Science and religion have been a binary opposition since the scientific inquiry took over as our central method for discovering new information.
Junior anthropology major, Katie Ragland found the link between the two this semester through an independent study.
“Divination is a means by which to gather information about the seemingly unknown future through a series of ritualized and defined methods,” Ragland said. “I wanted to unify two outwardly unrelated disciplines with hope to make people question how they define their culture.”
It was after her professor gave her class the opportunity in the fall to take part in an independent study that she decided she would pursue this idea of unifying science and religion.
Last week Ragland went to St. Paul, Minnesota to the Central States Anthropological Society conference to present her paper to a group of professors, doctors and graduate students.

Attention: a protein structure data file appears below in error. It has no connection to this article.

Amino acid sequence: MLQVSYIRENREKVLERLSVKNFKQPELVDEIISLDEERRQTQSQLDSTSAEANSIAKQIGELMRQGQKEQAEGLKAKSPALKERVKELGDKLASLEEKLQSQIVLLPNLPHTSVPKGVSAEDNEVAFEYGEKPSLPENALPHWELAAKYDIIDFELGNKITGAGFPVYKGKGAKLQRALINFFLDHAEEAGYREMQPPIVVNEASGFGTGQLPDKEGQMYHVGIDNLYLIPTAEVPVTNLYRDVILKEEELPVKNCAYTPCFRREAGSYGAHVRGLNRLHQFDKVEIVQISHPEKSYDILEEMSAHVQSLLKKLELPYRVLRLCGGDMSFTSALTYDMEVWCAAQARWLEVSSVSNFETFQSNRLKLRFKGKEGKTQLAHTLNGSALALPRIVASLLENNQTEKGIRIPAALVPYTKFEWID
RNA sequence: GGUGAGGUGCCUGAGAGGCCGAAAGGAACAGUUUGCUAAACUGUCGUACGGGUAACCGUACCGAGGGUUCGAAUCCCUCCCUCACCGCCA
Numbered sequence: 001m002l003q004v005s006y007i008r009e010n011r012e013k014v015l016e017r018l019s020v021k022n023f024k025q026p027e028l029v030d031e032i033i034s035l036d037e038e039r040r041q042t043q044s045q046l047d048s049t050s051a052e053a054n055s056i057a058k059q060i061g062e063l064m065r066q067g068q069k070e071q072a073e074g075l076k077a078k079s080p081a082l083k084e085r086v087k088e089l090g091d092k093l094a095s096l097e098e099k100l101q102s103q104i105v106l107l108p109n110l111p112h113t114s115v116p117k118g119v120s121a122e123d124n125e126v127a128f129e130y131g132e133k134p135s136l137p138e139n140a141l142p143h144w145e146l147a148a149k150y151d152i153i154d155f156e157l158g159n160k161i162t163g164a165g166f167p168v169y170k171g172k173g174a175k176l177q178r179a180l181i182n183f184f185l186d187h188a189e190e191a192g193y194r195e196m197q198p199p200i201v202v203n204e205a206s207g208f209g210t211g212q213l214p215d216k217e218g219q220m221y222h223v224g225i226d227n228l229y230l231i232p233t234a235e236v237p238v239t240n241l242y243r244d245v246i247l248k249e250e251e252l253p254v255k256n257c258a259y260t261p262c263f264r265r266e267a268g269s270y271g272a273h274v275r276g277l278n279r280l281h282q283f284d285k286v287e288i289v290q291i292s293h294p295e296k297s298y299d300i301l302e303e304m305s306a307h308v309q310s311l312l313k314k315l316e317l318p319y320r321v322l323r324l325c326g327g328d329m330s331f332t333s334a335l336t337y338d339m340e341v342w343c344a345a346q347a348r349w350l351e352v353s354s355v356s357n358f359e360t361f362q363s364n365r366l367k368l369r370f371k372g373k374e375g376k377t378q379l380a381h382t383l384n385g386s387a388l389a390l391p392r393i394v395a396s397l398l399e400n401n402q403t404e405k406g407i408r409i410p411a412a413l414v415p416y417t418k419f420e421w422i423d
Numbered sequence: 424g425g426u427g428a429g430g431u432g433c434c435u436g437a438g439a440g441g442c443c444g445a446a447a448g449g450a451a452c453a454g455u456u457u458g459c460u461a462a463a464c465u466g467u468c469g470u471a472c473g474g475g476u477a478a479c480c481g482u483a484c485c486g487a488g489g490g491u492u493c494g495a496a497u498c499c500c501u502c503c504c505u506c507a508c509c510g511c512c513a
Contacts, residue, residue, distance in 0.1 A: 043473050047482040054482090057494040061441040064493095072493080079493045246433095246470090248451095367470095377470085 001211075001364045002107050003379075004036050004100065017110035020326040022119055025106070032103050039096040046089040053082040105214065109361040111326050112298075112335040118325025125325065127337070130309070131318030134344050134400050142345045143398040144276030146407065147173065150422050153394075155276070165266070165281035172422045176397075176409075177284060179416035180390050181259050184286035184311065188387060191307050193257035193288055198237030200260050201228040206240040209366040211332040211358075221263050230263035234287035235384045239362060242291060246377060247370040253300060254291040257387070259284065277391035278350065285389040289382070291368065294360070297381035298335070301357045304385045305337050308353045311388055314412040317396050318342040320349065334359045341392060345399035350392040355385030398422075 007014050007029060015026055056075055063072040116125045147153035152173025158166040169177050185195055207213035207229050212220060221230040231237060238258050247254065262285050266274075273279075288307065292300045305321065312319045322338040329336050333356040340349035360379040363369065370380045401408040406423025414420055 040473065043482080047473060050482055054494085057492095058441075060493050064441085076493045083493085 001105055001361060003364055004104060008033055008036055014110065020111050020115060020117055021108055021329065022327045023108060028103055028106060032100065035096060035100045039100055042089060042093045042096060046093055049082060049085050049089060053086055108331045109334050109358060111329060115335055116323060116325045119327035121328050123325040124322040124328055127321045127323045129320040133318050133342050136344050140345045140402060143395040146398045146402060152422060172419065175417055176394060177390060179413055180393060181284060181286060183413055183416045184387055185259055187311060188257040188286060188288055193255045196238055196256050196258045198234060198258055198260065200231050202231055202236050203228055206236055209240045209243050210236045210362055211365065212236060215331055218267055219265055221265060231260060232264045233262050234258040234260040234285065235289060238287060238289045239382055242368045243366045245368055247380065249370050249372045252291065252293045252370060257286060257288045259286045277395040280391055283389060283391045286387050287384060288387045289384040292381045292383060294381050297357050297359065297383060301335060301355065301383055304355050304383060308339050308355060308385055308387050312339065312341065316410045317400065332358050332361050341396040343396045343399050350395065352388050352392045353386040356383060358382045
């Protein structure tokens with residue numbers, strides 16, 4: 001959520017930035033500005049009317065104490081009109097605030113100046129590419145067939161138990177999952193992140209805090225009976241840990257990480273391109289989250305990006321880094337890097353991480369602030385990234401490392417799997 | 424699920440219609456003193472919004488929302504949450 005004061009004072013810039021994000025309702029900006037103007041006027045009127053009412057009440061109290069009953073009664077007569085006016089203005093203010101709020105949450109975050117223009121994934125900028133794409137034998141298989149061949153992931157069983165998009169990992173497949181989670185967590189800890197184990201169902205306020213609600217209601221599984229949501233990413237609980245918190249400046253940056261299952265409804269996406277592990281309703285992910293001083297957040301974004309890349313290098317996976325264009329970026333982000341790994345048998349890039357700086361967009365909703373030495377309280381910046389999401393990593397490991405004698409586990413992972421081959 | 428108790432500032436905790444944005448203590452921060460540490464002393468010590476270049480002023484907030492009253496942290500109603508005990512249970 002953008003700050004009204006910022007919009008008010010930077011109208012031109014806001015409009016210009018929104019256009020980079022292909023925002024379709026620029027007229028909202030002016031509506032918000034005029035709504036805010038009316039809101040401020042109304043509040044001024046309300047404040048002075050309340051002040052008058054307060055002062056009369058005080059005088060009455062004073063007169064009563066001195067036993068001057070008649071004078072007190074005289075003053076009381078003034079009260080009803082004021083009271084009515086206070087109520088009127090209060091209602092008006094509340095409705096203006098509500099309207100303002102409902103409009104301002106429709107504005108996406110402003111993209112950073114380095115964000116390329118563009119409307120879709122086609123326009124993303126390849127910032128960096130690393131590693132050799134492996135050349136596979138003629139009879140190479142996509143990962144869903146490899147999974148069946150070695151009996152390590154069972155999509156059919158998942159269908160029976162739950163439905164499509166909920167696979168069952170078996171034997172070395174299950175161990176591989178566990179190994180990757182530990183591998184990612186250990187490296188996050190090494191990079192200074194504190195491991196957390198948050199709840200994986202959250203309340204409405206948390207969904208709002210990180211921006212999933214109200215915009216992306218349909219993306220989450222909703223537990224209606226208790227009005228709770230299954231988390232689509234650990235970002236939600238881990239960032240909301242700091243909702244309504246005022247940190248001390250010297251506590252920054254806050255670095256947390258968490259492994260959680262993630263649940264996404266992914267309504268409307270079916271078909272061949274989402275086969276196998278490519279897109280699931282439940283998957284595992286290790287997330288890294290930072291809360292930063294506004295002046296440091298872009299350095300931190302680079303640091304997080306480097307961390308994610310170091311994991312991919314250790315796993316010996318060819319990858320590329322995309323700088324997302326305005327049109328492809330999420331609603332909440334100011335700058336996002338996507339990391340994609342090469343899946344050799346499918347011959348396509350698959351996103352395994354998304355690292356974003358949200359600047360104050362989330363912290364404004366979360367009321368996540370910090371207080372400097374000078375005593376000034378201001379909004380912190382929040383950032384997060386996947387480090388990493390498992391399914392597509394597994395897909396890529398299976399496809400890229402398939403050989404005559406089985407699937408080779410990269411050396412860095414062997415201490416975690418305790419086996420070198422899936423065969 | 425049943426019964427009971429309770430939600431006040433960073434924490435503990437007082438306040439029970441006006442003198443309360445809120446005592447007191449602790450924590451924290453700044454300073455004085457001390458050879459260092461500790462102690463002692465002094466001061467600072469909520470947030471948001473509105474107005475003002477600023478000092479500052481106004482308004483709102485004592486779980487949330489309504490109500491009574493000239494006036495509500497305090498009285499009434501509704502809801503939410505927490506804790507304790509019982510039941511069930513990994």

She was one of few undergrads who were on the panel at the conference.
“It was cool, you get to experience all of these things in an environment with people who are at a higher level of education and have so much more experience than any undergrad could possibly have,” Ragland said. “I used to always be scared of people with PhD’s. But I realized that we’re all just people.”
Ragland never set out to seek awards or to be celebrated.
“I always describe myself as the worker ant rather than the queen bee,” Ragland said. “I would rather get paid to go dig in the ground for 7 months and never present on it.”
This summer Ragland is going to Belize and Fiji as part of two separate research teams studying ethnoarchaeology, which is the ethnographic study of peoples for archaeological reasons usually through the study of the material remains of a society, with NKU professor Sharyn Jones.